Only cases in­volv­ing `6cr or more to go to EOW now

Case Value Limit Dou­bled

The Times of India (Mumbai edition) - - TIMES CITY - Ma­teen.Hafeez @times­group.com

Mum­bai: The city po­lice com­mis­sioner has dou­bled the value of cheat­ing cases for which com­plaints can be lodged with the eco­nomic of­fences wing (EOW).

Of­fi­cials said the EOW will only take up cases in­volv­ing Rs 6 crore or more — up from Rs 3 crore — and po­lice sta­tions should han­dle dis­putes of a lesser value. As scams grow big­ger, in­volv­ing mega sums and dup­ing lakhs across the coun­try, the move is aimed at al­low­ing EOW to fo­cus only on com­pli­cated cases that re­quire a spe­cialised ap­proach, rang­ing from foren­sic au­dit­ing, a larger co­or­di­na­tion with agen­cies of other states and sci­en­tific in­ves­ti­ga­tion.

As of now, some of the big­ger cases be­ing probed, in­clud­ing Na­tional Spot Ex­change Lim­ited, Royal Twin­kle Star Club, PanCard Club, SpeakAsia, col­lec­tively duped over 75 lakh in­vestors across the coun­try of more than Rs 24,411 crore. In all, EOW is prob­ing cases where the to­tal dis­puted amount has crossed Rs 30,000 crore.

Terming it an “in­tel­li­gent call”, a se­nior of­fi­cer said EOW spe­cialises in tack­ling com­pli­cated cases and has skilled man­power and can help bring relief to a larger num­ber of peo­ple if it is given se­lected cases. “The num­ber of cases, quan­tum of prop­erty in­volved and im­pact of such crimes has con­stantly been in­creased for the last few years. With an in­crease and change in char­ac­ter of eco­nomic of­fences, it has be­come im­per­a­tive to take up se­lect cases for in-depth and sci­en­tific in­ves­ti­ga­tion and to strengthen the EOW in terms of ef­fi­ciency,” said an­other of­fi­cer.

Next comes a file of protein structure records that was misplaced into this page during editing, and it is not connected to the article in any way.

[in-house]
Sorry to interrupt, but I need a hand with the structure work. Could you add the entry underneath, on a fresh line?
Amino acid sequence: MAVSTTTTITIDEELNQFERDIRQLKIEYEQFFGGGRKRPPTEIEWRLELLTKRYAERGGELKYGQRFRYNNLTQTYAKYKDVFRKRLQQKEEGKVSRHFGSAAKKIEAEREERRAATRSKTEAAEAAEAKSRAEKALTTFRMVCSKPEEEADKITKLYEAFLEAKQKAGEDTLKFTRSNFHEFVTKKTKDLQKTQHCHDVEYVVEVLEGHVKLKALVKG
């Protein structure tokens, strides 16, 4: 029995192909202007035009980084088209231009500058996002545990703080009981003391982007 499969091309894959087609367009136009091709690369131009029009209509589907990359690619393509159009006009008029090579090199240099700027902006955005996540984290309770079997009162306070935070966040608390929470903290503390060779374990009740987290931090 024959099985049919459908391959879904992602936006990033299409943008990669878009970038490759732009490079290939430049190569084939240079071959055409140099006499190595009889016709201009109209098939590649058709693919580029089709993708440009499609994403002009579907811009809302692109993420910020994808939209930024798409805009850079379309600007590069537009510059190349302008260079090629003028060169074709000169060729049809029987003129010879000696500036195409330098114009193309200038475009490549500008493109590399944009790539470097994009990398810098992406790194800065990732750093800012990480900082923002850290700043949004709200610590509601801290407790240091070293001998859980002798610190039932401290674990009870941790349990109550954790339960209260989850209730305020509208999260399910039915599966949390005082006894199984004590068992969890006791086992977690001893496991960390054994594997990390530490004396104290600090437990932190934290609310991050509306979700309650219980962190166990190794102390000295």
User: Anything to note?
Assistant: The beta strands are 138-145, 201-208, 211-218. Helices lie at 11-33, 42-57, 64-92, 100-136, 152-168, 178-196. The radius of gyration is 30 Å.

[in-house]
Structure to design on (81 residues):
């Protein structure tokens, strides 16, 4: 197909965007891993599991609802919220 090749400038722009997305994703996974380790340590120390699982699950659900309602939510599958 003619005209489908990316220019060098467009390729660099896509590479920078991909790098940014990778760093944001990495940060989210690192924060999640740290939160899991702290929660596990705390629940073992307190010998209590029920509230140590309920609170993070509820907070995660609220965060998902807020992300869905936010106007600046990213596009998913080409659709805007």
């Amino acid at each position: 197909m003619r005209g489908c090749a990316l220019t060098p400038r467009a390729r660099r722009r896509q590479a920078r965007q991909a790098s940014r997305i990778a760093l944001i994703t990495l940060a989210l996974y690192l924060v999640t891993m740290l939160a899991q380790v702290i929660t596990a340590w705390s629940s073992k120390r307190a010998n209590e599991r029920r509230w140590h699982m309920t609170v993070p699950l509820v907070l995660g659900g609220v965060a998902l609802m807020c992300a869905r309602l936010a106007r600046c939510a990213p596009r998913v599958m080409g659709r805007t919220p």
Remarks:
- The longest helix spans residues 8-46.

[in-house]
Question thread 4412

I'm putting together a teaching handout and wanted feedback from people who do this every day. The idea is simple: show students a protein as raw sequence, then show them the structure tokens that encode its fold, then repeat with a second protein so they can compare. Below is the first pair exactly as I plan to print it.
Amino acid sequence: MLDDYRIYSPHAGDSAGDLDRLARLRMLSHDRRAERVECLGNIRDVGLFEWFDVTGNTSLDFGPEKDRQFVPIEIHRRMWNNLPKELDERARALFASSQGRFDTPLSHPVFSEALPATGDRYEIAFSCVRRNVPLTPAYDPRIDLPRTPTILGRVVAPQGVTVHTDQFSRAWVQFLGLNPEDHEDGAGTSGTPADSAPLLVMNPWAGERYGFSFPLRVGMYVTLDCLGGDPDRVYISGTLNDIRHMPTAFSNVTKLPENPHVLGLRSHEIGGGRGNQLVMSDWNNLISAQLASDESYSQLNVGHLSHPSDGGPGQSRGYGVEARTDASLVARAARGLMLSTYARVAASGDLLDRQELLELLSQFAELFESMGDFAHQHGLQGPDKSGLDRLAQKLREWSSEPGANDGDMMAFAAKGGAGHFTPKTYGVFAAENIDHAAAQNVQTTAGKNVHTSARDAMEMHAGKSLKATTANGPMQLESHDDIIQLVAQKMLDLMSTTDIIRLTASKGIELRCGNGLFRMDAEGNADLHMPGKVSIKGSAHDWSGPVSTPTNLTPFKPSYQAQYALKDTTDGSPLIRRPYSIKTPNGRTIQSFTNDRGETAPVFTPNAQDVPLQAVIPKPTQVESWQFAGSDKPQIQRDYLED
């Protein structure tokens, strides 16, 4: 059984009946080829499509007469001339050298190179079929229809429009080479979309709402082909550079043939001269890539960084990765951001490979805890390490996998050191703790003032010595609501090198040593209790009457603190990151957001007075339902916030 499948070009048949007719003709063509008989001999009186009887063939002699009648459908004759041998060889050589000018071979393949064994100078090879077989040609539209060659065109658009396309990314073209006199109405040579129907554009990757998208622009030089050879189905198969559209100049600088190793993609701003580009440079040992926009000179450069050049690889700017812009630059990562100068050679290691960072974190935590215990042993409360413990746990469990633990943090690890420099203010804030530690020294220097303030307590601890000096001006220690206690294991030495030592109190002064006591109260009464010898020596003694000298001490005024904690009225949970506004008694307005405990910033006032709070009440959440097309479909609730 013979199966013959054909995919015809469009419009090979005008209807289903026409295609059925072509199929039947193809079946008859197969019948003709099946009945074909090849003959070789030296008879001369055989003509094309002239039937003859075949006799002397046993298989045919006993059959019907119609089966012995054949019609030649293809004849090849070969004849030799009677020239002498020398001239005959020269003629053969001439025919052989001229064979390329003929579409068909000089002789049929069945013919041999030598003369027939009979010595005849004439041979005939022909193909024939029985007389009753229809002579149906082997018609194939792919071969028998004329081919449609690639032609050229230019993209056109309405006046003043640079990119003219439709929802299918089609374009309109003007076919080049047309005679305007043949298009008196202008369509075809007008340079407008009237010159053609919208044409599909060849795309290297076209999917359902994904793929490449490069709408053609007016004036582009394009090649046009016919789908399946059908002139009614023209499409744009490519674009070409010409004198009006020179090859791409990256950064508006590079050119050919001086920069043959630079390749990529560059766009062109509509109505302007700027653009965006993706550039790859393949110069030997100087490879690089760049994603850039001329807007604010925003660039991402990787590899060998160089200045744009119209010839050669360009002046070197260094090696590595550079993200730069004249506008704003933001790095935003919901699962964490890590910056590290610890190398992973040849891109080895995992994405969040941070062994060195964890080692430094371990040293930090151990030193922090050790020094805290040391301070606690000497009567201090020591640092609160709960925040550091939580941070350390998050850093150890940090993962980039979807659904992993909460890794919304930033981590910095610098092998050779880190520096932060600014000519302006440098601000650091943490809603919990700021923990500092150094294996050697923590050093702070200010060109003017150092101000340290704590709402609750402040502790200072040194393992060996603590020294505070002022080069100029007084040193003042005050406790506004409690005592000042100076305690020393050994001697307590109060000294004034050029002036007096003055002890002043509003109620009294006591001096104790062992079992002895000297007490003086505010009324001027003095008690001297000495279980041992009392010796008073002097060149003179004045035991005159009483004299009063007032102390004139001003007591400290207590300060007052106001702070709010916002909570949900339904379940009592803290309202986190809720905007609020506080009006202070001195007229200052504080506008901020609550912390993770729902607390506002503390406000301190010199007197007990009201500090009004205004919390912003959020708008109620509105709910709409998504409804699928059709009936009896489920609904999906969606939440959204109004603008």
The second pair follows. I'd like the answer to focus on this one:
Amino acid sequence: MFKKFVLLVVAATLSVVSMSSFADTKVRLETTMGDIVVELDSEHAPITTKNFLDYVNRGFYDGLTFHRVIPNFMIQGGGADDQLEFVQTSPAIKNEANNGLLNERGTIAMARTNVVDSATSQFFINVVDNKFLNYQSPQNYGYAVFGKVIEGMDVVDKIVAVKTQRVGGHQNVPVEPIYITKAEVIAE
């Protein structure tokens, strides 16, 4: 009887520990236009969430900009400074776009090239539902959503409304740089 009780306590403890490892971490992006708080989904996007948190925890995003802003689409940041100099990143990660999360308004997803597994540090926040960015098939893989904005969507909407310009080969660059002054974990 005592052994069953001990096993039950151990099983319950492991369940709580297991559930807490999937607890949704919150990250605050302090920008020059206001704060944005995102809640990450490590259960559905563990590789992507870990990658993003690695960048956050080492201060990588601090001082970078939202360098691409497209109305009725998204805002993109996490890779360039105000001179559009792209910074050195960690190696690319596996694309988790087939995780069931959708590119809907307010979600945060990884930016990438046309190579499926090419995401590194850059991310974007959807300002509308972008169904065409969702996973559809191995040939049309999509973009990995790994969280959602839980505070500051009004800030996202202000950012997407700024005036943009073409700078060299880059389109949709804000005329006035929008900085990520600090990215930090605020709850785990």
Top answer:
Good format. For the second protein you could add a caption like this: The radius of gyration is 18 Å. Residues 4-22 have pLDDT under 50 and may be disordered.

The or­der, how­ever, said a com­plex case in­volv­ing less than Rs 6 crore but re­quir­ing spe­cialised and cross-coun­try in­ves­ti­ga­tion can be taken up by EOW with per­mis­sion of the po­lice com­mis­sioner.

The man­ual of in­ves­ti­ga­tion and pros­e­cu­tion of eco­nomic of­fences ini­tially al­lowed cases in­volv­ing Rs 25 lakh and above to be han­dled by the EOW. It kept be­ing re­vised and in 2014, the limit was raised to Rs 3 crore and the rank of the EOW chief was up­graded to joint com­mis­sioner.

“The na­ture of fi­nan­cial crimes has changed over decades. We dealt with mostly ‘dou­ble the money’ schemes and ques­tion pa­per leaks in the mid-90s. The peo­ple af­fected were mostly poor and the per­pe­tra­tors were not suave. For in­stance, in the in­fa­mous money chain scheme, a Ponzi op­er­a­tion where 20,000 peo­ple lost their in­vest­ment, the main ac­cused stayed in a chawl,” said a se­nior po­lice of­fi­cer. Now, or­gan­ised play­ers have en­tered the scene and the reach and mag­ni­tude of the scams have widened.

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